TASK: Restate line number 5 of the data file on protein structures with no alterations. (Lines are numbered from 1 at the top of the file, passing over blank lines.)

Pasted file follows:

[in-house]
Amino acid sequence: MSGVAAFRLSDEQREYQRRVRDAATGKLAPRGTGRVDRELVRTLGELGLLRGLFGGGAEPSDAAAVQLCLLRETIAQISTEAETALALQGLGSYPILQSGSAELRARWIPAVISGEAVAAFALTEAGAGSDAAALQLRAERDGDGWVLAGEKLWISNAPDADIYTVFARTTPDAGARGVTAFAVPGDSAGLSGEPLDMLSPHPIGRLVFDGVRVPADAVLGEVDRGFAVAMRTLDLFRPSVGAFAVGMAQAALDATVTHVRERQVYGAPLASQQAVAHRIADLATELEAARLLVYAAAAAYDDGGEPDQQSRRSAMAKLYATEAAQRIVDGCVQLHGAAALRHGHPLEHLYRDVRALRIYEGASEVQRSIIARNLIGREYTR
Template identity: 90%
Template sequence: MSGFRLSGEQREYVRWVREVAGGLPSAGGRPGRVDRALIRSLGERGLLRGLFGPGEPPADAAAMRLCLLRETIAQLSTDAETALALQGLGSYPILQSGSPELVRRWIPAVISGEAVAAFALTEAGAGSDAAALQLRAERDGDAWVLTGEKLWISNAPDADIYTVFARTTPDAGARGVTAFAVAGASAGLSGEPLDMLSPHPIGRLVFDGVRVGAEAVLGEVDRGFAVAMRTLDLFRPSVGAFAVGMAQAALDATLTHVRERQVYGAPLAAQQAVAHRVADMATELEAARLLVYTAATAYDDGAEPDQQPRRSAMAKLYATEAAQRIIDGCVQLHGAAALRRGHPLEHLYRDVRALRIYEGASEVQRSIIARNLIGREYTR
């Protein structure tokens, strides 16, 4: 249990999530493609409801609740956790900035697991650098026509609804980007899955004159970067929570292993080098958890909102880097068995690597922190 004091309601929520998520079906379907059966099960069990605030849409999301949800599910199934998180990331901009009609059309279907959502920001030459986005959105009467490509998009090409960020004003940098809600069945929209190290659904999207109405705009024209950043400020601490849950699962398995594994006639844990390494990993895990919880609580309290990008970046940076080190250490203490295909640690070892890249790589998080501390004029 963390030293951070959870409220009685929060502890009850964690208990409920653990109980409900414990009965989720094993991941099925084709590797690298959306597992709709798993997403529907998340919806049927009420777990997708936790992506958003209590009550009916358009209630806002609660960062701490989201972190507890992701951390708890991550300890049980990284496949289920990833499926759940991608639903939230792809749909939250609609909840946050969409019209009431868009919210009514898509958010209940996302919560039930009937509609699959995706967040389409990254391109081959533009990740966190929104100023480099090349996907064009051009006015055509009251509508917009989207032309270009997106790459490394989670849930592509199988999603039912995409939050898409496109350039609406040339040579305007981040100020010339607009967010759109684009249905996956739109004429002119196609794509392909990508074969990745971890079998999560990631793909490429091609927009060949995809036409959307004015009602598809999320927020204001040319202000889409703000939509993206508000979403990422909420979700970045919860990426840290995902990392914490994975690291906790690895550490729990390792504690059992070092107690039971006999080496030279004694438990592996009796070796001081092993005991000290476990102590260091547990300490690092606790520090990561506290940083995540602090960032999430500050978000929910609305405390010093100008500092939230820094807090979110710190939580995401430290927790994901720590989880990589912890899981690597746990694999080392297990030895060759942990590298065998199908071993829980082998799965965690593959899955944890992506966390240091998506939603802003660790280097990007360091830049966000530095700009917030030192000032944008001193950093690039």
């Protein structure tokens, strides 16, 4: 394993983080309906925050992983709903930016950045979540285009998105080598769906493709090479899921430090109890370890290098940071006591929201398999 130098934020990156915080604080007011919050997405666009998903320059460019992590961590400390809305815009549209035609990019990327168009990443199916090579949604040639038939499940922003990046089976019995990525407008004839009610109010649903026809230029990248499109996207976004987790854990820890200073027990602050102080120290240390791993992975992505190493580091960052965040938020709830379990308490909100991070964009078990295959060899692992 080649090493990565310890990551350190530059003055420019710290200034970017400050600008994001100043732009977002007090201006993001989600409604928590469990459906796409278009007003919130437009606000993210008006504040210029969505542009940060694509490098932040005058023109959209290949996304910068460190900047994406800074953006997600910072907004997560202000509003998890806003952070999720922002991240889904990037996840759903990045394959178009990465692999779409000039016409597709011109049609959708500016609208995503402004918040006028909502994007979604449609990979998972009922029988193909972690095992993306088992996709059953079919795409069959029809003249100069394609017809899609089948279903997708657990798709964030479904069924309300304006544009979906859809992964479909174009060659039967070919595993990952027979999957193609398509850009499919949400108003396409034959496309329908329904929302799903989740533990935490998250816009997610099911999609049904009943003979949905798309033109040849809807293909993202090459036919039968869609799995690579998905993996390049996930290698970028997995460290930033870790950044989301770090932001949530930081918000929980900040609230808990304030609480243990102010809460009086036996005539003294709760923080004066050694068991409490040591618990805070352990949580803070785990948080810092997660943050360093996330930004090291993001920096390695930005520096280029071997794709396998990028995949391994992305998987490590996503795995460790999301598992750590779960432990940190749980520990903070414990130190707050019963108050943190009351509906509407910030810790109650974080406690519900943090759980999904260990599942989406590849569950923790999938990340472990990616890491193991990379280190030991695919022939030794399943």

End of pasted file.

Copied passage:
């Protein structure tokens, strides 16, 4: 249990999530493609409801609740956790900035697991650098026509609804980007899955004159970067929570292993080098958890909102880097068995690597922190 004091309601929520998520079906379907059966099960069990605030849409999301949800599910199934998180990331901009009609059309279907959502920001030459986005959105009467490509998009090409960020004003940098809600069945929209190290659904999207109405705009024209950043400020601490849950699962398995594994006639844990390494990993895990919880609580309290990008970046940076080190250490203490295909640690070892890249790589998080501390004029 963390030293951070959870409220009685929060502890009850964690208990409920653990109980409900414990009965989720094993991941099925084709590797690298959306597992709709798993997403529907998340919806049927009420777990997708936790992506958003209590009550009916358009209630806002609660960062701490989201972190507890992701951390708890991550300890049980990284496949289920990833499926759940991608639903939230792809749909939250609609909840946050969409019209009431868009919210009514898509958010209940996302919560039930009937509609699959995706967040389409990254391109081959533009990740966190929104100023480099090349996907064009051009006015055509009251509508917009989207032309270009997106790459490394989670849930592509199988999603039912995409939050898409496109350039609406040339040579305007981040100020010339607009967010759109684009249905996956739109004429002119196609794509392909990508074969990745971890079998999560990631793909490429091609927009060949995809036409959307004015009602598809999320927020204001040319202000889409703000939509993206508000979403990422909420979700970045919860990426840290995902990392914490994975690291906790690895550490729990390792504690059992070092107690039971006999080496030279004694438990592996009796070796001081092993005991000290476990102590260091547990300490690092606790520090990561506290940083995540602090960032999430500050978000929910609305405390010093100008500092939230820094807090979110710190939580995401430290927790994901720590989880990589912890899981690597746990694999080392297990030895060759942990590298065998199908071993829980082998799965965690593959899955944890992506966390240091998506939603802003660790280097990007360091830049966000530095700009917030030192000032944008001193950093690039």